What is Coworking? The Unconference

I attended parts of the recent Global Coworking Unconference Conference (GCUC 2016) in LA. This is the first of possibly several follow up posts.

One of the interesting aspects of coworking is that from the beginning it has been “a movement” (e.g., Open Coworking), loosely uniting a vast array of coworkers, coworking spaces, and related communities. If coworking is all about “community, community, community” (and it is), then this is the global community of communities.

Out of this movement, a series of “unconferences” were born, bringing together enthusiasts to talk and learn and share about how to spread coworking. The GCUC is one of the largest and longest running.

The LA meeting was attended by an international group of over 100. (The previous meeting was in Australia, future meetings will be in China—it’s definitely very international.) Perennial stars were present, including the Tony B. show, which was worth the price of admission alone. (More on his talk in a later post).

So, “what is a coworking unconference?” It could be many things, and over the years I’m sure it has been.

It seemed to me that this year marked a bit of a departure or at least change in emphasis. Rechristened GUGCALL, referring to a new concept of an “alliance”, the GUGC 2016 was heavily slanted toward coworking operators. (“We, the Operators”, said one slide.) Ordinary coworkers were not to be seen, nor was there much discussion of broader social perspectives.

I guess I should have expected something like this when I learned that the meeting is in the Steelcase building. Steelcase is about office furniture, not about workers, and certainly not about “community”, right?

Let me be clear: I am not criticizing the GCUC for this emphasis. There is a need for a conference such as this to exist. (And I would expect that there will need to be other “unconferences” for other perspectives.)

This version of GCUC had very much the flavor of a trade association meeting. There was much talk about the “Service Office Industry” (SOI), which was new to me, (and not really interesting). Several presenters view coworking (AKA “social workspaces”) as a segment of this larger “industry”.

Along these lines, the main topics were mainly of interest to operators of spaces. Real Estate, finance, office layout, and support software were discussed. Furthermore, the discussions were from the perspective of setting up and running a for profit coworking space. Not much interest in alternative business models.

This perspective was very visible in the pep talks about “growth” (e.g., see the video), as in “making lots of money from coworking”. Much of this talk about “growth” was enthusiastic, buzzword compliant, and logically shaky. (Projecting massive growth from a base of zero, when 50% of the participants are utterly new to the game is, well, bogus) Talking about a billion dollar industry is hardly the original meaning of coworking, and absolutely not in tune with the “mutualism” that supposedly marks coworking.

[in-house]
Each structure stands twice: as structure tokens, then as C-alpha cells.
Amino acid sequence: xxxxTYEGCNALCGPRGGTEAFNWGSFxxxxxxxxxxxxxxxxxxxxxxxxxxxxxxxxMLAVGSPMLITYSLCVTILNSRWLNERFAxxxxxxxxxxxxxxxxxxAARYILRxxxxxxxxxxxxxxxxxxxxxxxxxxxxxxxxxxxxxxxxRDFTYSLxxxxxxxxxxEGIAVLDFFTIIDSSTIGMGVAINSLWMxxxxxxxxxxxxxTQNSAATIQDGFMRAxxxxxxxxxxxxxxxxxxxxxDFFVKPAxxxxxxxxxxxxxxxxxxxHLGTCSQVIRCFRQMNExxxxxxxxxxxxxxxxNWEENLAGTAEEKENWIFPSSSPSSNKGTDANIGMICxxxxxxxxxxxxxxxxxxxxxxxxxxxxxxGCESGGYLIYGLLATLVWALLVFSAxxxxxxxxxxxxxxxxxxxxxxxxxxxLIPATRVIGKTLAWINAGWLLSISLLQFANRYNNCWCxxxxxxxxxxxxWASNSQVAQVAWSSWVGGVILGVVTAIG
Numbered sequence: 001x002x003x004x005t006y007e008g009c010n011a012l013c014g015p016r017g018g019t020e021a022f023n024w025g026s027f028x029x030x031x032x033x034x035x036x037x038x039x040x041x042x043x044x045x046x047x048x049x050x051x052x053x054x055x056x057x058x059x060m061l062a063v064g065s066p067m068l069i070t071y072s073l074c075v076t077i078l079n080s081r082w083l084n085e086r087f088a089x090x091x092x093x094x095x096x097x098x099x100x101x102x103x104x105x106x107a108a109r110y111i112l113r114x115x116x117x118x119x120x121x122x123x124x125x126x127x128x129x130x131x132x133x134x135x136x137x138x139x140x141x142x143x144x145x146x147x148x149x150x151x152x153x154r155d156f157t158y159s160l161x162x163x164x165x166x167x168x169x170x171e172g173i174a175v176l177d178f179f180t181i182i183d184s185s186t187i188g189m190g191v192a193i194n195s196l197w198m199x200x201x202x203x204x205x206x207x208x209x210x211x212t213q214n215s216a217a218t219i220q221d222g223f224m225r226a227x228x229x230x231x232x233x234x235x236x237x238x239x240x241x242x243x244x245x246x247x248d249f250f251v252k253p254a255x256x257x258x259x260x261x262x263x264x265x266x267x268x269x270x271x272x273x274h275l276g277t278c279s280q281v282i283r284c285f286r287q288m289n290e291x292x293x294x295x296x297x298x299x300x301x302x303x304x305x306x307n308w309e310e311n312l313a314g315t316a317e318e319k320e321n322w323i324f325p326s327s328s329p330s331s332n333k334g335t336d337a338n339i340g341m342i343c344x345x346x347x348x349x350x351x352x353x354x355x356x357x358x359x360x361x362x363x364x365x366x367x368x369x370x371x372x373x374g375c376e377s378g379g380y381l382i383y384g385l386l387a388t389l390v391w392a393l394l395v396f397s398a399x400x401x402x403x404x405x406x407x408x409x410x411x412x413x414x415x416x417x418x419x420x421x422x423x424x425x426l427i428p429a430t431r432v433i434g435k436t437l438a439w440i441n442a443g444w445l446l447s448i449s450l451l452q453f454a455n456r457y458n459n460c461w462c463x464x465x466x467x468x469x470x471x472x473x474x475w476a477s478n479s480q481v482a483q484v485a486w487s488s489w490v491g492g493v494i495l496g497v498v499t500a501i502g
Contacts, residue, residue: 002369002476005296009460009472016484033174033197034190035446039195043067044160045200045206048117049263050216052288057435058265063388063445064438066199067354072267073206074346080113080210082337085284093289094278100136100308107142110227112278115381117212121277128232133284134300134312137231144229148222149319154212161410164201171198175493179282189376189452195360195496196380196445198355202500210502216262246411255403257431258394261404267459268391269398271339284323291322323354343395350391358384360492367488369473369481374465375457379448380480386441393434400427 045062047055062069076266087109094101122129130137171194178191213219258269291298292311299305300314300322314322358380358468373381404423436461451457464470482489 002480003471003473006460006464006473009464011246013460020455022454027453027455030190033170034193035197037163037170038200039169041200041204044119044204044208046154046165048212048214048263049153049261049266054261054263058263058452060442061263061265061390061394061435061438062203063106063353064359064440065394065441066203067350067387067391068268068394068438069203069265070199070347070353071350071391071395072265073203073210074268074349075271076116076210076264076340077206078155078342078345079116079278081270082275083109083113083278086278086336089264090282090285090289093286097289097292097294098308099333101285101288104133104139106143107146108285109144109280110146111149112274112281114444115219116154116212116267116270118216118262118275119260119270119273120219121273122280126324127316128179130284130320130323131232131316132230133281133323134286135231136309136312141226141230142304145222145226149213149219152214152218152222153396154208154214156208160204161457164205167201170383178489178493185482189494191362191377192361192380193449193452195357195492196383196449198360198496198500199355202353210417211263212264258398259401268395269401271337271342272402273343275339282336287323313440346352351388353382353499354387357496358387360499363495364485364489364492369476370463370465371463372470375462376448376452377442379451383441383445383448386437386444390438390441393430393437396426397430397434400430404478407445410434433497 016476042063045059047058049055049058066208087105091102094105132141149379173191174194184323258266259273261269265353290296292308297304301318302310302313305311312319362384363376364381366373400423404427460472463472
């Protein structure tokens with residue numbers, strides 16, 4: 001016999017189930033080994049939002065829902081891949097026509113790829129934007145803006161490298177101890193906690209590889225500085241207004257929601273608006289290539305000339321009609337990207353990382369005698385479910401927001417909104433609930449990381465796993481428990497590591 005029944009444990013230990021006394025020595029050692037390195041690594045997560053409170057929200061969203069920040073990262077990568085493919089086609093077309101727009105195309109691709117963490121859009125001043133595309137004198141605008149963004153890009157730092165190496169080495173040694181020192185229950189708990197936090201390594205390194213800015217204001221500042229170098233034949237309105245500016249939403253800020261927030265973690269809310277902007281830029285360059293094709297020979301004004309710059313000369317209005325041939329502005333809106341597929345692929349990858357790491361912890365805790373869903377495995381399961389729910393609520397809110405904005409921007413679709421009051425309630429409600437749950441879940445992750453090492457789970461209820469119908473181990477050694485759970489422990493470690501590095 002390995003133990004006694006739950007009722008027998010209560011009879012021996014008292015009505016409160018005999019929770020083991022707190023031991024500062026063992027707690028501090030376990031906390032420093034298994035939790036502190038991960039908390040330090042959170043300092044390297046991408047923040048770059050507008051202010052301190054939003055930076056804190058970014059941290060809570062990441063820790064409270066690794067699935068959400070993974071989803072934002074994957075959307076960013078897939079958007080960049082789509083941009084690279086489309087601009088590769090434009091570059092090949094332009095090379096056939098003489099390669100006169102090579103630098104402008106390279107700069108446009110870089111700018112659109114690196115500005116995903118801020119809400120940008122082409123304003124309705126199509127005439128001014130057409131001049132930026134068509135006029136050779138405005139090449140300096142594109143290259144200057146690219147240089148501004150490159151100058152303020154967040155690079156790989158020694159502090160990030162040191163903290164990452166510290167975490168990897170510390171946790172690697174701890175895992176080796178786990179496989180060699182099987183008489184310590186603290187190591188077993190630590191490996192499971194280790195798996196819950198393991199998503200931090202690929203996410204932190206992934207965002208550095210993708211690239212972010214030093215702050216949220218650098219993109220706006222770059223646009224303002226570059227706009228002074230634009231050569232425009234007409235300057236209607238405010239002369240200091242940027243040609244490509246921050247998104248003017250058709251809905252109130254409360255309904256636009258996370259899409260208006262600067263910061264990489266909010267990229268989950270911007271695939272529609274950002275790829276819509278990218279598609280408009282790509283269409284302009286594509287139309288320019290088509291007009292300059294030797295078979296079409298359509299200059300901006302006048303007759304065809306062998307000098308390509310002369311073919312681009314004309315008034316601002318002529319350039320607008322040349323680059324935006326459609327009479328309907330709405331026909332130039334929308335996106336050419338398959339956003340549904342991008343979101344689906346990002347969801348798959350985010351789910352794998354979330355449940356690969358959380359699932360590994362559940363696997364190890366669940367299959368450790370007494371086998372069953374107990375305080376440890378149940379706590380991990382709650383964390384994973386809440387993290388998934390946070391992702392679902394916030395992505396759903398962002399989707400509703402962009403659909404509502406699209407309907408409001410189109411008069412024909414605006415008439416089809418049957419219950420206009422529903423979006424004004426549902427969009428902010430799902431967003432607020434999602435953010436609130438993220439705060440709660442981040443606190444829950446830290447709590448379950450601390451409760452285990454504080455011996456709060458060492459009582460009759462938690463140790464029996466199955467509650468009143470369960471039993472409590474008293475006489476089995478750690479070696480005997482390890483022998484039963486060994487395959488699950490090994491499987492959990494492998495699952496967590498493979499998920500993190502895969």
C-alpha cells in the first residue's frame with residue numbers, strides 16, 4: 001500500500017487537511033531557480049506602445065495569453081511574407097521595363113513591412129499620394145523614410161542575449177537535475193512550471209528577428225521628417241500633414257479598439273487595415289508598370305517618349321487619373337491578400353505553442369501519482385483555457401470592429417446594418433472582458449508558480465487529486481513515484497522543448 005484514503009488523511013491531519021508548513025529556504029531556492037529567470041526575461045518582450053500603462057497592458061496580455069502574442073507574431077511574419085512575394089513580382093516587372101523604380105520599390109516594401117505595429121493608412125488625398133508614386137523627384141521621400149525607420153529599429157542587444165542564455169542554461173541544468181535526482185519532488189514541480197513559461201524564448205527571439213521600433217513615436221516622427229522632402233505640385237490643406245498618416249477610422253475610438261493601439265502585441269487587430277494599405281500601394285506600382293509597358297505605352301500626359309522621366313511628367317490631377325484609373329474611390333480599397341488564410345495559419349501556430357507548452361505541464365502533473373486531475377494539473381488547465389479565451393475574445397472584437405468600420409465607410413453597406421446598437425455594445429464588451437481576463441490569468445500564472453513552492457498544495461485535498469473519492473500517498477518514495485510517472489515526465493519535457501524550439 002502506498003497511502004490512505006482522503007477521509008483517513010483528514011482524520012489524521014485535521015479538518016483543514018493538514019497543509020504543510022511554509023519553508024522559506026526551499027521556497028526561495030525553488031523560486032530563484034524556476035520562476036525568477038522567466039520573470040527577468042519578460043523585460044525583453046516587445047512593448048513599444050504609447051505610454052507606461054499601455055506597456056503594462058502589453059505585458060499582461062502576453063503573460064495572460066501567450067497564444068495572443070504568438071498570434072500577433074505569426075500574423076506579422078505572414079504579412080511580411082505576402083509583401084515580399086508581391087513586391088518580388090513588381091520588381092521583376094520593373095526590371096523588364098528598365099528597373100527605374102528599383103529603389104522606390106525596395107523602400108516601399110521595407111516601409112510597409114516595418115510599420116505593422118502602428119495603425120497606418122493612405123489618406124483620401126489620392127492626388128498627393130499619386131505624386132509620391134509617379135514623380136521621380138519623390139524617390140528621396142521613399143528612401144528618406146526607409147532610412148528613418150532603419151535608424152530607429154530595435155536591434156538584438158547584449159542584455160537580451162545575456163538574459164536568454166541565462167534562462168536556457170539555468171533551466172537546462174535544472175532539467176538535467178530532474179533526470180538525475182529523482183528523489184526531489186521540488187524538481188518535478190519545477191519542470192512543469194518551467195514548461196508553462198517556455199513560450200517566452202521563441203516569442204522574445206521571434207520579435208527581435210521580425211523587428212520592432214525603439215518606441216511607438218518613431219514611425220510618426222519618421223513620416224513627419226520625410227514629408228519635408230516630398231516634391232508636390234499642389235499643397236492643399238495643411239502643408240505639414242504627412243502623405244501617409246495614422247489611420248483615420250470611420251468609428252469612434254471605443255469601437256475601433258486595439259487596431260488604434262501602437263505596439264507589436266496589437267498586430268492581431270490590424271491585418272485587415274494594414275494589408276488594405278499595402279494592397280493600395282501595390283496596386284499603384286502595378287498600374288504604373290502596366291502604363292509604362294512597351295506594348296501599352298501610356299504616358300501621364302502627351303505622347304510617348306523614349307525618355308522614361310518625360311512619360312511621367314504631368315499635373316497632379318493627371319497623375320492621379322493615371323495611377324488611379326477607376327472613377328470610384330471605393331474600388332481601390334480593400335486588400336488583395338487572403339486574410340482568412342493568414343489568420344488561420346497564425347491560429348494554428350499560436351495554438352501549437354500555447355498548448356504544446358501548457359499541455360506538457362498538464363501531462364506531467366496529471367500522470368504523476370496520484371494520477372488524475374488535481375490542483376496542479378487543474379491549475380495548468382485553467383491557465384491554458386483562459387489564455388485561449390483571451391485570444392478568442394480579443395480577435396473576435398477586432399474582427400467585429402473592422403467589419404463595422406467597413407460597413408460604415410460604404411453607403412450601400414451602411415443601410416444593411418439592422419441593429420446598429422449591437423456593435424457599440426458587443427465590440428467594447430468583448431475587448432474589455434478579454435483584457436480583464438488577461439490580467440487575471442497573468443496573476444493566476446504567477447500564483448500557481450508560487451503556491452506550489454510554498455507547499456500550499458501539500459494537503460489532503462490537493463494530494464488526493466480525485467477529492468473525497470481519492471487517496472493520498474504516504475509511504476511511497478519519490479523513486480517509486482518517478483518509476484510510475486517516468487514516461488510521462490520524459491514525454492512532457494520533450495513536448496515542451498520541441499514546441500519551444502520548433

Another “give away” that this conference was aimed at business operators was the problematic assertion that “community is your product”. Uh, oh! GUCUALL has caught the Facebook disease! Coworking once was about building and sustaining communities, GCUC’s new alliance is about building and sustaining businesses that monetize these communities. Sigh.

I note in passing that the chatter about “growth” seemed to assume that huge sites with “communities” of hundreds are good things. Deskmag’s annual survey (soon to be reported) indicates that most of the growth is in larger and larger spaces with more and more members per space. Coworkers in these spaces have a “community” of hundreds, in spaces with hundreds of desks.

I’ll grant that these conditions are probably good for the operators, but I’m pretty sure we don’t know if they are good for the workers, especially compared to smaller, more local spaces. Given that the same survey finds that most coworkers have only been coworking for a year or so, we really have no idea how well these spaces are meeting the needs of workers.

Clearly, if GCUC retains this form, it is no longer a conference about “the movement”, it is a conference about “the industry”. As I said, to the degree that there is such an industry, there should certainly be get togethers. But there should also be other unmeetings, to talk about other organizational models (e.g., coops, coworking embedded in other organizations, home coworking), about community dynamics, and about the future of workers.

Personally, I felt out of place much of the time. I was constantly asked, in essence, “what space do you operate”, and the fact that I’m not in that business rendered the rest of the conversation awkward. I’m interested in sociotechnical communities, and the future of work—especially, the future of workers—so a lot of the yickety yack about leases and flexible space and “growth models” was a real trial to sit through.

Perhaps coworking is growing up, or perhaps it is being eaten by the real estate industry. I think that GCUC should think carefully about its roots, and try to not wander off into a catastrophic chase after the wrong kinds of “growth”.

My own view is that coworking is about small, local communities of workers, not about “Social Office Spaces”. More important, coworking doesn’t need to be “industry” at all, it can and will thrive in small, low budget, local settings. The envisioned “alliance” probably is not needed by coworkers, and has little to contribute to the essential business of coworking, which is convivial community in a convenient location.



What is Coworking?

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